The amazing thing about 3e multiclassing—and we may as well throw in 3.5e for that matter, because the multiclassing rules were just about the only thing that didn’t change from 3.0 to 3.5—was its flexibility.  You certainly could plan out your entire 20-level career if you wanted to (such templates are usually called “builds”), but you could also just keep taking fighter levels until you got bored and then take a random level of whatever.  You could take two classes, or three, or fifteen (if your GM allowed enough splat books), and you could take them in whatever proportions you liked.  If you wanted to be half cleric and half barbarian, you could take 10 levels of one and then 10 levels of the other, or you could alternate back and forth for your entire career, or you could take 3 levels of barbarian and then 8 levels of cleric and then 4 more levels of barbarian and then two more levels of cleric and so on.  For nearly every combination of classes you can imagine, a quick Internet search will almost always get you people railing about it being completely overpowered, and also people sneering about how useless it is.  The truth is, flexibility breeds complexity, and complexity can be a good thing ... for instance, complexity is what makes it not always clear whether a certain choice is good or bad.  And that makes it an interesting choice.  Because a choice where the answer is crystal clear—where it’s always A, or always B—is a boring choice.  In many ways, it’s a non-choice.  The only reason for picking the suboptimal choice is to be different, and being different only for the sake of being different is not the best strategy.3  So, in this way, the complexity is a positive.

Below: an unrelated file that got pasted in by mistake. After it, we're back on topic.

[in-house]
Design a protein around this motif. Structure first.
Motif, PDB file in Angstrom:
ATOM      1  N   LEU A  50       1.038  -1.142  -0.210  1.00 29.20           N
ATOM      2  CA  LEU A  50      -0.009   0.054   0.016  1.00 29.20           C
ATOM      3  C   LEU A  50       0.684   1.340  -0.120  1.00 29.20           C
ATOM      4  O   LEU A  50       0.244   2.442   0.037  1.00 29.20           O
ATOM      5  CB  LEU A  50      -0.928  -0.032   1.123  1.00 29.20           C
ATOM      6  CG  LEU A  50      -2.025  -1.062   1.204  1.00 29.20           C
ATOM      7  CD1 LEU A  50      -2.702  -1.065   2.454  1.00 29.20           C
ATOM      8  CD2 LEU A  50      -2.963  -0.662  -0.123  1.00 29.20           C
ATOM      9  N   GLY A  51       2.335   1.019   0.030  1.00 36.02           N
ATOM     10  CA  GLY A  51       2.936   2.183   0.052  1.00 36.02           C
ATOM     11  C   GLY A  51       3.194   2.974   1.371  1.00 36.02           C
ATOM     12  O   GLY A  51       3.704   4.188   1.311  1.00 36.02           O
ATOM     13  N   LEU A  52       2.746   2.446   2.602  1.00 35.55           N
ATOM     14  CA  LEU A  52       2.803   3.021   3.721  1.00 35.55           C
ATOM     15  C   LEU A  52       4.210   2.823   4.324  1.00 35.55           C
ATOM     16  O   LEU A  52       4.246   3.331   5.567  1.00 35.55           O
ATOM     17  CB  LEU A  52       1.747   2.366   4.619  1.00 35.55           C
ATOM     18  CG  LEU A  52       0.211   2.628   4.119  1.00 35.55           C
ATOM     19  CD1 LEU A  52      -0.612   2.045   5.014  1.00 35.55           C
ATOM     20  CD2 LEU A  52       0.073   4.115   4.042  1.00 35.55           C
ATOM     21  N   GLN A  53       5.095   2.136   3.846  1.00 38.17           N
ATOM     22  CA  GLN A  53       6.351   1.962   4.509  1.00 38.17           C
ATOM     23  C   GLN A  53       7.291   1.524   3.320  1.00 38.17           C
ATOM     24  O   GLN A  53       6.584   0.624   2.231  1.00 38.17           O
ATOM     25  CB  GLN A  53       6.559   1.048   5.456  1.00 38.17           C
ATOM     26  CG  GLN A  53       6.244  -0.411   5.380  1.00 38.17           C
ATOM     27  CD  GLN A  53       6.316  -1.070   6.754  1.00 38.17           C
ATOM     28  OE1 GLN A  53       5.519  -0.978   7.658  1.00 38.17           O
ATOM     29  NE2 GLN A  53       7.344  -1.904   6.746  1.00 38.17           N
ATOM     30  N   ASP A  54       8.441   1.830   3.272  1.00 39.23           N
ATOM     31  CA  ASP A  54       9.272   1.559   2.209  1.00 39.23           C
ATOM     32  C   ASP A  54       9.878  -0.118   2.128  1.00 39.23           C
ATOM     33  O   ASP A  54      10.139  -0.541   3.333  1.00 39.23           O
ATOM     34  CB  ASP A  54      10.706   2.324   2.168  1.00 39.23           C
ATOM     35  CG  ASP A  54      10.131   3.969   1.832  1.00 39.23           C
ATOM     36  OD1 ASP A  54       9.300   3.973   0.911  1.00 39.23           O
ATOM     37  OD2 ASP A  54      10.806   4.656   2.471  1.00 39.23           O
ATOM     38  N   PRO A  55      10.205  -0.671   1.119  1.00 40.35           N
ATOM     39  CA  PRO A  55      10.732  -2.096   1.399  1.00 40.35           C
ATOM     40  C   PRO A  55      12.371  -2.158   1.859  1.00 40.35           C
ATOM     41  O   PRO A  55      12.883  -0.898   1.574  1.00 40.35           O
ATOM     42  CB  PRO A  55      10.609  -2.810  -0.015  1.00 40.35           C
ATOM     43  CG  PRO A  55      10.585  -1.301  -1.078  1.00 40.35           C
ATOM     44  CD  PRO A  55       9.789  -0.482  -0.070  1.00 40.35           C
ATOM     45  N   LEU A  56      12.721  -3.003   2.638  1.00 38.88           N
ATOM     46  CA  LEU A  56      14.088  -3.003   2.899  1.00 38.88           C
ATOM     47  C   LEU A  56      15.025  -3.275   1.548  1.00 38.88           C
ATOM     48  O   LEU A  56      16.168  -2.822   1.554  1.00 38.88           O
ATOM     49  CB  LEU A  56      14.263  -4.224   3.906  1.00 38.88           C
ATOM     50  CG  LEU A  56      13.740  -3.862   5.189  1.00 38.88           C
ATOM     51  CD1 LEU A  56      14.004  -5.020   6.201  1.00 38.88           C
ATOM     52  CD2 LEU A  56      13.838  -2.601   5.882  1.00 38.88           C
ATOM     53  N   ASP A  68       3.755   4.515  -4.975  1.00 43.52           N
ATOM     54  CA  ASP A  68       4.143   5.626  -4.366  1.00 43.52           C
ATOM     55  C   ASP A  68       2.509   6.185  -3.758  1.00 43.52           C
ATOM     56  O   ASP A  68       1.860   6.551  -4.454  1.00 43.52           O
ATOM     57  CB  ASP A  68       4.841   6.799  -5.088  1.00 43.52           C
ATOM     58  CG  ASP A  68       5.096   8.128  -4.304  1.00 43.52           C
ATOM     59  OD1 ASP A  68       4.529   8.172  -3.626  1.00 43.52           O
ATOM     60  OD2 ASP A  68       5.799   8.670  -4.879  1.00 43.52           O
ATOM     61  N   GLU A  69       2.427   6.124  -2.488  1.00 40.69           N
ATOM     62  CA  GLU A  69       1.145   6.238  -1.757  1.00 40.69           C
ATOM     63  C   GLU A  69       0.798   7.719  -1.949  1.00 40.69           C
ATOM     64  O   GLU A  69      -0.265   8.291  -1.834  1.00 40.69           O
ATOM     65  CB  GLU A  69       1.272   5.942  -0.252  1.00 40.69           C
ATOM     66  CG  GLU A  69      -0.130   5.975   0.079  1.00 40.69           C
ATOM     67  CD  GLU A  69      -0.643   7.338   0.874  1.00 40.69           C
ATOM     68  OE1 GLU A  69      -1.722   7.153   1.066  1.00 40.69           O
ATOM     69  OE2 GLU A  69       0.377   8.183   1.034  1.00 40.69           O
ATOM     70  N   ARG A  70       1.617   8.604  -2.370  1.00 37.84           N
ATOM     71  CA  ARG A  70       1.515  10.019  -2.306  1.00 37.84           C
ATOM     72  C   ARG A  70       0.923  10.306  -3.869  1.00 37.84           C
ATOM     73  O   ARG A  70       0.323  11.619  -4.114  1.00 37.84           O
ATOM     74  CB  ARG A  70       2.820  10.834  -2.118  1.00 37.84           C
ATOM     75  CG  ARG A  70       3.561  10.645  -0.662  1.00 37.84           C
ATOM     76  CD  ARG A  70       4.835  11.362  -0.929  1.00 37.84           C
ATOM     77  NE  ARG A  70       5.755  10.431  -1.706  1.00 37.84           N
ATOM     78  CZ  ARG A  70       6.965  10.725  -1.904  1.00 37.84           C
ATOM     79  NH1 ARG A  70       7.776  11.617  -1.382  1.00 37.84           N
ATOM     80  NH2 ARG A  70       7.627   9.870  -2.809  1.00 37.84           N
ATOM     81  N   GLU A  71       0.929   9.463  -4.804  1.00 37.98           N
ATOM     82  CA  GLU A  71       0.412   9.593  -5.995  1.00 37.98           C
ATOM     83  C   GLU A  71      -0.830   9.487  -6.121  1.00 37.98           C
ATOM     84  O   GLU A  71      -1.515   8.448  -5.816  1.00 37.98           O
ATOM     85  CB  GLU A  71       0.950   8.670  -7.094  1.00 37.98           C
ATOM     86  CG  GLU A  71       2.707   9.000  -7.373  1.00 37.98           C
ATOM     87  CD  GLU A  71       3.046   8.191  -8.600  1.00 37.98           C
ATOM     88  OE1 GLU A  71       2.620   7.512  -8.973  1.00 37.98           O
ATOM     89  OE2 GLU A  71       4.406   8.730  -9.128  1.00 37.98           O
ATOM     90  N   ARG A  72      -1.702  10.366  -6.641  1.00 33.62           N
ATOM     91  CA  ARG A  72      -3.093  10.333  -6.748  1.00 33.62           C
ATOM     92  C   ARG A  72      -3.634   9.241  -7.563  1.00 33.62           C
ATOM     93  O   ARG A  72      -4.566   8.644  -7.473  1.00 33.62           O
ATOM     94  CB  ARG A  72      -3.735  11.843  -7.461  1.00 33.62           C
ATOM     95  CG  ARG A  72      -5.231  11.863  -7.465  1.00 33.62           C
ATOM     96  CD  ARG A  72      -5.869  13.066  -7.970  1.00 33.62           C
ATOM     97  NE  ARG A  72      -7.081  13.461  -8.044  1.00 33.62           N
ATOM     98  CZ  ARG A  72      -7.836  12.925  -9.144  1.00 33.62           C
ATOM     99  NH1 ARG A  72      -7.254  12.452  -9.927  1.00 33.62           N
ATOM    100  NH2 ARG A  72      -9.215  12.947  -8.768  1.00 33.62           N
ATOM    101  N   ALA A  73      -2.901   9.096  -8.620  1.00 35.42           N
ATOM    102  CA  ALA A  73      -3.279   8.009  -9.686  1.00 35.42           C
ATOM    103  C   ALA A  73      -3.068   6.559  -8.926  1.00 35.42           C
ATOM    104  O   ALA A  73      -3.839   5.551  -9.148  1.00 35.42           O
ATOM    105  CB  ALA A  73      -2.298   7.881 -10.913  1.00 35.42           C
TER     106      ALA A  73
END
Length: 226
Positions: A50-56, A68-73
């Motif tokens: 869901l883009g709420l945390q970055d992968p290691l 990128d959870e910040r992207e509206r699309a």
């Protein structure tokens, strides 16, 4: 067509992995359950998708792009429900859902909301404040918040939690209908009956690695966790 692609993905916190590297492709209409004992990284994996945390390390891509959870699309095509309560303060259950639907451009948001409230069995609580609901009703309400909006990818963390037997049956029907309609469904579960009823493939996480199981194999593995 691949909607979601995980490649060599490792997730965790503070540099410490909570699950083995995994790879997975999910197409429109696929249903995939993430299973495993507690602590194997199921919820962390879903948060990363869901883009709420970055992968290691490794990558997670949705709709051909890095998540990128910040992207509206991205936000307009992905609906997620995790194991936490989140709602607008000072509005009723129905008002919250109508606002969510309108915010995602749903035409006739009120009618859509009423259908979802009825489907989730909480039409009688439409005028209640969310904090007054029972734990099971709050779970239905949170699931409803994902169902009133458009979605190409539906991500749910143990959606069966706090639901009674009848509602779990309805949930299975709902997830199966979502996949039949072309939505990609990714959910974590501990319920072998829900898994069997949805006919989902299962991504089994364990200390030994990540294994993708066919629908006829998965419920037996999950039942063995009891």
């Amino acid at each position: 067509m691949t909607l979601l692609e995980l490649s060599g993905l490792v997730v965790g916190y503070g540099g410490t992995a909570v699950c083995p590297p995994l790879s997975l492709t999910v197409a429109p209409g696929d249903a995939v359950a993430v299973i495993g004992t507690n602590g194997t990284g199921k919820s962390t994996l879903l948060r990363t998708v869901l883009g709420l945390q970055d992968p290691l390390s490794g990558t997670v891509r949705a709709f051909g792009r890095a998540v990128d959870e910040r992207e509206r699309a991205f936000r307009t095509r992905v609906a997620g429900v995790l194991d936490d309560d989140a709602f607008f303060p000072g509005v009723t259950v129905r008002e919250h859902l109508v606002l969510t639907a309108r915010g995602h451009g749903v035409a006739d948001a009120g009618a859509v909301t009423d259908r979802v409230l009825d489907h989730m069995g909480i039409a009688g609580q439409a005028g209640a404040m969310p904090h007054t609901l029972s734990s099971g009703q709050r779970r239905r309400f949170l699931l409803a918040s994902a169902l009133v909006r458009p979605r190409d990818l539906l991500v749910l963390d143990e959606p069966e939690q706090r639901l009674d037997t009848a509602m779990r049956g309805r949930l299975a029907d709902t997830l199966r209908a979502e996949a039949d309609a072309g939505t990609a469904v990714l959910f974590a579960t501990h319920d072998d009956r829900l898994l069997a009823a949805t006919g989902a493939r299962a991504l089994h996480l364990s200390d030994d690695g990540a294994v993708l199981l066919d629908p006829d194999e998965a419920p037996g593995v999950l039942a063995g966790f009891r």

But complexity has a negative side, of course.  Complexity often confuses people, and leads them to making poor choices.  Let me be clear that I consider this different from being a “trap,” as that term is often used when talking about character building.  To me, a trap is a feature that seems good on paper but in practice turns out to deliver way less than advertised.  That’s different—subtly different, perhaps, but distinctly different—from a case where the user has so many options that they just can’t process them all, and end up picking the wrong one, or overlooking the right one.  If it’s obvious from reading the feature that it was the right choice (or the wrong one), that’s not a trap.  It’s just that there’s so much to read that it’s easy to skim over something and not pay close enough attention to realize you’re heading down the wrong path.  Multiclassing in 3e was certainly guilty of that.  There were 11 classes in the PHB, and Wikipedia lists 42 others across 14 other books, not even counting NPC classes, core class variants, or setting-specific classes.  That’s a metric shit-ton of material, and if you were really faced with choosing one class among 50+ every level for 20 levels, that’s over 9½ million billion billion billion different possible character builds.4  Most of them are silly, sure, but the point is that it’s easy to miss things amongst that much material.